Figure 6 compares the reservoir simulation and observation time series for the whole simulation period, while Fig. 7 shows the long-term average of these simulations. Inflows are also included in Figs. 6 and 7 to show the regulation pattern and changes caused by reservoir operation. Both figures indicate that the DZTR model captures both release and storage dynamics well, reproducing the daily and monthly seasonality as well as the magnitude and timing of storage and releases for almost all reservoirs, especially for reservoirs with high regulation (multipurpose and multi-year reservoirs) such as American Falls, Bhumibol, High Aswan, Sirikit, Trinity, and W. A. C. Bennett dams. However, the simulations also show some systematic over- and underestimations; for example, the simulations of Bhumibol, Fort Peck, High Aswan, Int. Falcon, Navajo, Bennett, and Int. Amistad reservoirs show continuous underestimation and overestimation of reservoir storage. Some reservoirs, such as Trinity, Palisades, Kayrakkum, Flaming Gorge, and Garrison, show underestimation and overestimation of reservoir storage only for some seasons. A closer look at American Falls, Flaming Gorge, Fort Peck, Glen Canyon, and Navajo dams in Fig. 6 indicates that the DZTR model reliably captured storage and release seasonality, inter-annual trends, and release pattern shifts during the consecutive wet years 1982–1986 followed by consecutive dry years 1987–1993. Similar patterns can be observed for the Gardiner Dam, with good simulation results during both dry years (1984–1986, 1988–1989, and 1999–2004) and wet years (1993, 2005, and 2010–2011). Furthermore, as expected, Fig. 7 shows that lowly regulated reservoirs (c<0.5) have less of an impact on the flow regime, but with fairly significant storage seasonality (Oldman, E. B. Campbell, Palisades, and Andijan). In general, the DZTR model with the generalized parameterization of reservoir zones and releases showed an improved performance and can be applied to any hydrological model (CM or H-LSM) that involves reservoir simulation.
It is important to note that for the case of a cascade of reservoirs, the parameterization of the DZTR model implicitly accounts, to some extent, for the upstream regulation effects of the upstream cascade reservoirs. This is because the regulated inflow is used for parametrizing downstream reservoirs, which reflects the regulation information of upstream reservoirs in the cascade. In reality, the operations of some cascade reservoirs are highly interlinked, particularly during the flood season. The decision regarding the release from one reservoir accounts for the (forecasted) state of other reservoirs. Such dual- or multi-linked operation is, however, not accurately accounted for in the presented algorithm because it assumes that each reservoir operates using its own storage state, inflow, and target storage and releases. Such systems require detailed modeling of operations that is not usually attainable in large-scale hydrological models. Depending on the purpose of the model, the modeler may decide to lump those reservoirs together to improve simulations downstream, e.g., Ehsani et al. (2016).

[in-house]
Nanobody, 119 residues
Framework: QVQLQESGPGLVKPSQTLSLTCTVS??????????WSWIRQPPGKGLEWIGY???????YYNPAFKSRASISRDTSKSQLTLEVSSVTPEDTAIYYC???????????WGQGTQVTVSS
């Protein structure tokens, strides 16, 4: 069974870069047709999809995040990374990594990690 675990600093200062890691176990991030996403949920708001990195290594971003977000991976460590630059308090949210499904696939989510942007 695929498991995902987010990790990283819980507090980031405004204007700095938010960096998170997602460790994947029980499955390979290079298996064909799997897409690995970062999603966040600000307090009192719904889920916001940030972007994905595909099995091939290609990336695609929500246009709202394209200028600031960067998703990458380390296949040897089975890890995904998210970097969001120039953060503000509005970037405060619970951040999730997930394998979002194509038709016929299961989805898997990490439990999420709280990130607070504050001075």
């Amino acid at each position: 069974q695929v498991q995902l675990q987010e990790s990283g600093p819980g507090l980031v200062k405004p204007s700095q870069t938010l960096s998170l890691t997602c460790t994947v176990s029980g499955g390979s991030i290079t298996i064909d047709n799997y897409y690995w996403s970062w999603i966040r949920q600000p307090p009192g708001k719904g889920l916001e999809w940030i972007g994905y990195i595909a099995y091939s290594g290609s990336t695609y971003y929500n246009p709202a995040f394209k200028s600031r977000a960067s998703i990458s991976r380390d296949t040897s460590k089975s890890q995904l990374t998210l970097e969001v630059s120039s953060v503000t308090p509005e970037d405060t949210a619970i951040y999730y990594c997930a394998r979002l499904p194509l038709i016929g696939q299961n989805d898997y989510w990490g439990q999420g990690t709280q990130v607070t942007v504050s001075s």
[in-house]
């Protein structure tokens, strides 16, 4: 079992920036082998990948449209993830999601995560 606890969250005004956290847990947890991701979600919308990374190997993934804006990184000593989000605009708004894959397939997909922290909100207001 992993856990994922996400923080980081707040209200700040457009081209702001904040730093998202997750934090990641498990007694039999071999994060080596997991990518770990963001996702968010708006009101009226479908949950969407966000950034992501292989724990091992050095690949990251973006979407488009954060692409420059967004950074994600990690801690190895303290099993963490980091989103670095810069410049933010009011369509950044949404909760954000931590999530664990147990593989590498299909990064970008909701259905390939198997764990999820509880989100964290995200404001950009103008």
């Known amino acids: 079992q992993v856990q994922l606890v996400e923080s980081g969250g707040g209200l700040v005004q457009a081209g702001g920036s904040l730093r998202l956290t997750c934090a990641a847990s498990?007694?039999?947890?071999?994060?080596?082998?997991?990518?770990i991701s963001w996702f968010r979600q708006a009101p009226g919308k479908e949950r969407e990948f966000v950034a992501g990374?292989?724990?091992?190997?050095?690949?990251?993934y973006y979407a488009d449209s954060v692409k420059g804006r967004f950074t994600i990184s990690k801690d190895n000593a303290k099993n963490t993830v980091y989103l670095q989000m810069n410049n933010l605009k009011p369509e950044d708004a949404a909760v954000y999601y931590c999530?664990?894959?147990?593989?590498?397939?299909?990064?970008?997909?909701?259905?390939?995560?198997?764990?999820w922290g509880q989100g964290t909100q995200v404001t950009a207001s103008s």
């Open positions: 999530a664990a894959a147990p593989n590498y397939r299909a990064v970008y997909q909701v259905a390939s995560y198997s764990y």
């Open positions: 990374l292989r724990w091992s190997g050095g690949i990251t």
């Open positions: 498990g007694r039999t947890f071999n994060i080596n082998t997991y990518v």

4.2 Comparison with previously developed reservoir operation models
To further illustrate the reliability of the DZTR model in simulating reservoir operation, a comparison with the methods of Hanasaki et al. (2006) and of Wisser et al. (2010) was conducted, as shown in Fig. 8. The comparison shows that the DZTR model provides a considerable improvement according to all of the performance criteria, notably NSE (storage) and NSE (flow), except in the case of the E. B. Campbell dam, where the method of Hanasaki et al. (2006) showed similar performance to DZTR. The method of Hanasaki et al. (2006) outperformed that of Wisser et a. (2010). Out of the 13 reservoirs compared, the DZTR resulted in positive values for both NSE (storage) and NSE (flow) for all simulations except for that of E. B. Campbell storage. The method of Hanasaki et al. (2006) and Wisser et al. (2010) resulted in eight and five reservoirs with positive NSE (flow), respectively (Fig. 8a), while both produced negative values for NSE (storage) for all the reservoirs compared (Fig. 8c). A similar performance pattern was observed for KGE metrics for flow and storage. In addition, we compared the DZTR result shown in Figs. 7 and 8 with the results reported in Coerver et al. (2018), who applied a fuzzy-neural-network model to extract 11 operating rules. This comparison showed that the performance of our generalized parameterization is comparable to that of Coerver et al. (2018) in simulating reservoir release; note that performance on storage is not reported in Coerver et al. (2018). This indicates that the simple parameterization applied in the DZTR model can provide a solution that is at least as effective as that of a neural-network-based model. Equally importantly, the DZTR model is transparent, as opposed to neural-network methods that are often criticized as being a black box.